But I need not have been so nervous. I began a new life on my own when summer beckoned. Evelyn once again set me in the centre of the kitchen table. I proudly held the freshly cut sweet pea, roses and lupins Jim had grown in their garden. I continued to be admired for being ‘quaint’ and ‘pretty’, my faded willow pattern contrasting with the soft summer hues from the garden. It felt good to be the centre of their home again. But then, over time, as old age crept in, I began to leak here and there, leaving damp patches where I’d been sitting on the pine table. I couldn’t help shedding tears for the life I’d lost but I was embarrassed they would think I’d become incontinent. I was becoming even more useless. Once again, I feared I would now be thrown out and discarded. Over time I featured less and less on the kitchen table. Once again, I sat on the kitchen dresser, pushed further to the back.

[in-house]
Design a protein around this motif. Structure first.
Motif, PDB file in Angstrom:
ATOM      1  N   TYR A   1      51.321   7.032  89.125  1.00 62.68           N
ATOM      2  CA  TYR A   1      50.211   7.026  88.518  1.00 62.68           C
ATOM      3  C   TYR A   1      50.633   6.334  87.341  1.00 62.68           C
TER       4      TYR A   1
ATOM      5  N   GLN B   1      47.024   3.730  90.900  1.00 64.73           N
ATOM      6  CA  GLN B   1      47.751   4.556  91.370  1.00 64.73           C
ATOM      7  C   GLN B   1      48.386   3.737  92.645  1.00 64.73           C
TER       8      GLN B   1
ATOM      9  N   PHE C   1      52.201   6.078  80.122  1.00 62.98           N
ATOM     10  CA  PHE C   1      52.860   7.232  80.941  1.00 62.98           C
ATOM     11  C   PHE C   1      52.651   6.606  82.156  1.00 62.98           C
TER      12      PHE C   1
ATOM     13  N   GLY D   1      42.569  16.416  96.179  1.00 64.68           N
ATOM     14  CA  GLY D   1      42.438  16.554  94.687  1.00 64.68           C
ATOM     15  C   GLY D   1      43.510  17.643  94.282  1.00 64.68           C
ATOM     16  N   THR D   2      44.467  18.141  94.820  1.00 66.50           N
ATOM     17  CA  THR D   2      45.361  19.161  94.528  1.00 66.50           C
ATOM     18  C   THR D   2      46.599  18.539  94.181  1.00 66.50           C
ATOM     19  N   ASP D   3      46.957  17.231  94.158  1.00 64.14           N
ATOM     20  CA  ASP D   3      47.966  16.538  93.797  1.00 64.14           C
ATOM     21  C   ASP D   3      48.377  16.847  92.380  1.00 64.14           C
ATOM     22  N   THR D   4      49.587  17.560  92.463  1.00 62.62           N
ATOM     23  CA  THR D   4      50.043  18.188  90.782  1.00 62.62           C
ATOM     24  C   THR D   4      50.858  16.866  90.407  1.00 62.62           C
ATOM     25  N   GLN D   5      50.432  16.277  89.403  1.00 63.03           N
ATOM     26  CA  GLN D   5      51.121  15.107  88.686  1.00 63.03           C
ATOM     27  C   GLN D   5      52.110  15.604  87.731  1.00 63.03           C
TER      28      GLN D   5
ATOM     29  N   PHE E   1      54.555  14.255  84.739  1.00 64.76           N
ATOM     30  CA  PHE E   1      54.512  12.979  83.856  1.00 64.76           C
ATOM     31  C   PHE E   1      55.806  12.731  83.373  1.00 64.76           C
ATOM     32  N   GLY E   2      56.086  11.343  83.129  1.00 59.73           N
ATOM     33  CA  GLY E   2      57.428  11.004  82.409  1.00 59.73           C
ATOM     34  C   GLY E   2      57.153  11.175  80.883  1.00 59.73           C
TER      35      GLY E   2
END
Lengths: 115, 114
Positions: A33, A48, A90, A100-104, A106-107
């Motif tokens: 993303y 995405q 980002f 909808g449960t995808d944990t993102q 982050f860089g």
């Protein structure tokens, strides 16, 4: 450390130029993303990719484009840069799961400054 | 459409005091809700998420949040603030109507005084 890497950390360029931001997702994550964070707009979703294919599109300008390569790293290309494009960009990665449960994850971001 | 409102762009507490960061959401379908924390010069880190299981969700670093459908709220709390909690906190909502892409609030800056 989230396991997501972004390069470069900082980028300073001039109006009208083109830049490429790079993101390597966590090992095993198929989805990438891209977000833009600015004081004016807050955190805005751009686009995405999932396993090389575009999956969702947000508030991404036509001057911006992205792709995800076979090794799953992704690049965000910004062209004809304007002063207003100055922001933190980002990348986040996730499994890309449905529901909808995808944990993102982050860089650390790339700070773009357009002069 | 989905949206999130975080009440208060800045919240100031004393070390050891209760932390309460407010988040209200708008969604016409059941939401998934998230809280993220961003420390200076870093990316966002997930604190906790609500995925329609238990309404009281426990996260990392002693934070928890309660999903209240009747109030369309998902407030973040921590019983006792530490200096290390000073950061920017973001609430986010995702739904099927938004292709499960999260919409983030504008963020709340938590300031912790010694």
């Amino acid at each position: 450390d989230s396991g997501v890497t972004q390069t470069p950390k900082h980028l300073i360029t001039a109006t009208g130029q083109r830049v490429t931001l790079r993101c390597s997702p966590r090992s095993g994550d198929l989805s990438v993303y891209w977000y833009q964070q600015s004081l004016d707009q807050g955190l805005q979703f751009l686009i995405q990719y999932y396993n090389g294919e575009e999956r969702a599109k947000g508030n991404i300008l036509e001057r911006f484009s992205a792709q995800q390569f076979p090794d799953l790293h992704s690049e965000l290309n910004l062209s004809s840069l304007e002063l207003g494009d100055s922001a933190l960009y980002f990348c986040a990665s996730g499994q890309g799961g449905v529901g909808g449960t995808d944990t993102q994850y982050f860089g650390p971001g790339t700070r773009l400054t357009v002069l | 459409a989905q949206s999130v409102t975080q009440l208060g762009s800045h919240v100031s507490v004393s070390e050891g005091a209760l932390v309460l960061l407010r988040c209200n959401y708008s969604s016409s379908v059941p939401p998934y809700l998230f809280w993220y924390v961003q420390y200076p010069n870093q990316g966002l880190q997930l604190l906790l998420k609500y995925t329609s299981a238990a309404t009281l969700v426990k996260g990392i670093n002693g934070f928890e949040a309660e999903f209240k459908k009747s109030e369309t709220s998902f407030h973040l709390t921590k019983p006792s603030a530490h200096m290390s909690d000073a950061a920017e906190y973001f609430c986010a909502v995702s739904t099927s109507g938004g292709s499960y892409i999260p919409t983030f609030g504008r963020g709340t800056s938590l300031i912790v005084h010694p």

When spring days stretched, I was set outside on the back-door step. Again, I feared my next journey would be to the bin as part of Evelyn’s spring clean. She’d been clearing out cupboards recently. It had kept her busy in the long, quiet days after Jim had gone. Like me, Evelyn was on her own now. But instead of ending up in a bin bag, Evelyn took me down the garden and attached me with wire to the apple tree. I’d been outside in the garden many times when we’d all gone out for afternoon tea. On those occasions I’d enjoyed being out in the fresh air, though I always feared being dropped and smashing into smithereens as I was being carried along the crazy paving stone path. I usually sat on a red gingham tablecloth covering the green plastic table in the middle of the lawn. But I’d never been up a tree before and to be honest I thought I was a bit old to start climbing trees. And then I was left alone. I didn’t understand what was happening. It was cold outside. I could feel the chill go right through me. The next morning two blue tits carried twigs and straw and leaves and made their new home inside me. Their tiny feathered bodies warmed me up. Two weeks later I welcomed their young brood and once again I was the heart of a growing family. I was proud to provide a first home for the new chicks. But once they had flown the nest I was alone, again and I also feared this time my days were really coming to an end.